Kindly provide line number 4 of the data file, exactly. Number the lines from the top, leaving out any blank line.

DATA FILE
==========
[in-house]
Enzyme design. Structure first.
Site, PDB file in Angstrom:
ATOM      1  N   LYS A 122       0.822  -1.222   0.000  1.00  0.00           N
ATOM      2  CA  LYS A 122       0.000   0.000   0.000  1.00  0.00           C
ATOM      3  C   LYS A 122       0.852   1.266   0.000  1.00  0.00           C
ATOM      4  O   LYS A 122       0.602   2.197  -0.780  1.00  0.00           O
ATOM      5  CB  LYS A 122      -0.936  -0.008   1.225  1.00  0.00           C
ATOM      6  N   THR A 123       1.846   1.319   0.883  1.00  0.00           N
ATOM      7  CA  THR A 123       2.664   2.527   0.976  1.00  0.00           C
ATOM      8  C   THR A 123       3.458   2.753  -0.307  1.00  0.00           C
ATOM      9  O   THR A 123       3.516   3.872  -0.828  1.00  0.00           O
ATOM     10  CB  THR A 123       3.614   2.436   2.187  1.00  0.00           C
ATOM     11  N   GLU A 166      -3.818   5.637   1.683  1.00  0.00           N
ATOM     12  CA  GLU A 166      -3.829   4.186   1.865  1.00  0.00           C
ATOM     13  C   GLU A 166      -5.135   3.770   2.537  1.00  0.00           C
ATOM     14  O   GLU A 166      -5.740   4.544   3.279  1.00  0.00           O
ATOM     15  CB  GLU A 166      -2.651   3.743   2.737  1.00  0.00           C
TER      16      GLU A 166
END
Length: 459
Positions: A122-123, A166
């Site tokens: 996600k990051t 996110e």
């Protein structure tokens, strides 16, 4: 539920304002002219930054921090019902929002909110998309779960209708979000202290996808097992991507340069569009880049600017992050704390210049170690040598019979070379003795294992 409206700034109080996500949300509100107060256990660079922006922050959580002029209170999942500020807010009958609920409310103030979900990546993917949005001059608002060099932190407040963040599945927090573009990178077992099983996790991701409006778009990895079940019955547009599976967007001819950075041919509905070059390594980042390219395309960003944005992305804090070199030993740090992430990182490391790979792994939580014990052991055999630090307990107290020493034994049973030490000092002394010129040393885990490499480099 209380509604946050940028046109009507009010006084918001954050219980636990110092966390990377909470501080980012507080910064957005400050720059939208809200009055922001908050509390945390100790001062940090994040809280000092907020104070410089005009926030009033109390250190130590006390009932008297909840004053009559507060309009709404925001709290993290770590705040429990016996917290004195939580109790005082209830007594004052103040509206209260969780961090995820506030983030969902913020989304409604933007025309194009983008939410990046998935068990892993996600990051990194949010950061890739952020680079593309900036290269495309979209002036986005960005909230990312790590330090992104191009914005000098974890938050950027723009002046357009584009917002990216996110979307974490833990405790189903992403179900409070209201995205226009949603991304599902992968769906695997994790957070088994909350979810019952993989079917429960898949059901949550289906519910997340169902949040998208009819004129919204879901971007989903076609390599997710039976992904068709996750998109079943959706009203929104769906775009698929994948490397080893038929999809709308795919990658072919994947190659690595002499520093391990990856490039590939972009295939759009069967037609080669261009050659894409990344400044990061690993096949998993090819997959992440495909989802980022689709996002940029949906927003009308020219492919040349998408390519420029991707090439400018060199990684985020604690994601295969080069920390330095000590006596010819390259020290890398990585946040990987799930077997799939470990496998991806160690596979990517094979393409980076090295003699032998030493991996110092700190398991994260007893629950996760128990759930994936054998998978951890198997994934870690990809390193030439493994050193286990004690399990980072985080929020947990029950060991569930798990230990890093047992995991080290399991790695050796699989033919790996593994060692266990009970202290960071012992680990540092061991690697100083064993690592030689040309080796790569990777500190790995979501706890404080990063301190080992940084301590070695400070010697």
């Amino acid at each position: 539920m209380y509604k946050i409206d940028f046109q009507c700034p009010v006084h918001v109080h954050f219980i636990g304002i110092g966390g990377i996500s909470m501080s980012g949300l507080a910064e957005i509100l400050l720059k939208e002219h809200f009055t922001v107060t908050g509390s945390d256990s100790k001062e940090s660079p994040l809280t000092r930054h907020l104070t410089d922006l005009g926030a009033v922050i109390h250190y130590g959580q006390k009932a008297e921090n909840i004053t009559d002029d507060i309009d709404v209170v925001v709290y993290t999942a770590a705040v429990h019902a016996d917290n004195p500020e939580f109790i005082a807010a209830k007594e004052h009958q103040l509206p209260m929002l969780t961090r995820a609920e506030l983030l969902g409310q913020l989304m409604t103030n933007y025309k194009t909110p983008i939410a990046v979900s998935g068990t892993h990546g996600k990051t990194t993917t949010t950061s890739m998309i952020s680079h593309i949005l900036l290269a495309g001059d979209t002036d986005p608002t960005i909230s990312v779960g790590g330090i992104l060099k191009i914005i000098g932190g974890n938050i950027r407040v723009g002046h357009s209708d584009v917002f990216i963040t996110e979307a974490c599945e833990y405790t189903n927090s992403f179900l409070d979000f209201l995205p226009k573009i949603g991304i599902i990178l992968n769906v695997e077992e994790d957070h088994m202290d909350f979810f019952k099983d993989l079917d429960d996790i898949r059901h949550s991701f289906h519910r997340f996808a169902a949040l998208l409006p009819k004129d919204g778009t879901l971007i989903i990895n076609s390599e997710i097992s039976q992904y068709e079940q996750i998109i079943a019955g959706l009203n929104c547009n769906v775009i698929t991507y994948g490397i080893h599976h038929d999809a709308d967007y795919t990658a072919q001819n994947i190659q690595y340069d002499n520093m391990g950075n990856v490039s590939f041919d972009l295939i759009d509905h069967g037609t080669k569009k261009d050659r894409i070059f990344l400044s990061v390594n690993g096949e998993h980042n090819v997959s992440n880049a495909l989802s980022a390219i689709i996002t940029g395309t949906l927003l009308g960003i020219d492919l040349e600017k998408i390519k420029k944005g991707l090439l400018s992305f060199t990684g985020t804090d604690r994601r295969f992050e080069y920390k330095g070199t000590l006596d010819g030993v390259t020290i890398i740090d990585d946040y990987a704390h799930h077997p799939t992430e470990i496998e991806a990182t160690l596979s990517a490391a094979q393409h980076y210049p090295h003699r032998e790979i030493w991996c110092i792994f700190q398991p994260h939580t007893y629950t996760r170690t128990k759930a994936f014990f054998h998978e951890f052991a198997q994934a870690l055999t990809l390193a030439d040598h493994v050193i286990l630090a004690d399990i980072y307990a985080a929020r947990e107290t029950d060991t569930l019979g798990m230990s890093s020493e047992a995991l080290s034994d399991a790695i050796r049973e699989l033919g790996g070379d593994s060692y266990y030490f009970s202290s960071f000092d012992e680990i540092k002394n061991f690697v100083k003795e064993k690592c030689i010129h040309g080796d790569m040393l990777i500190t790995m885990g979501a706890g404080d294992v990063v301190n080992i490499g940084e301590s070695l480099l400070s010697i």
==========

ATOM      1  N   LYS A 122       0.822  -1.222   0.000  1.00  0.00           N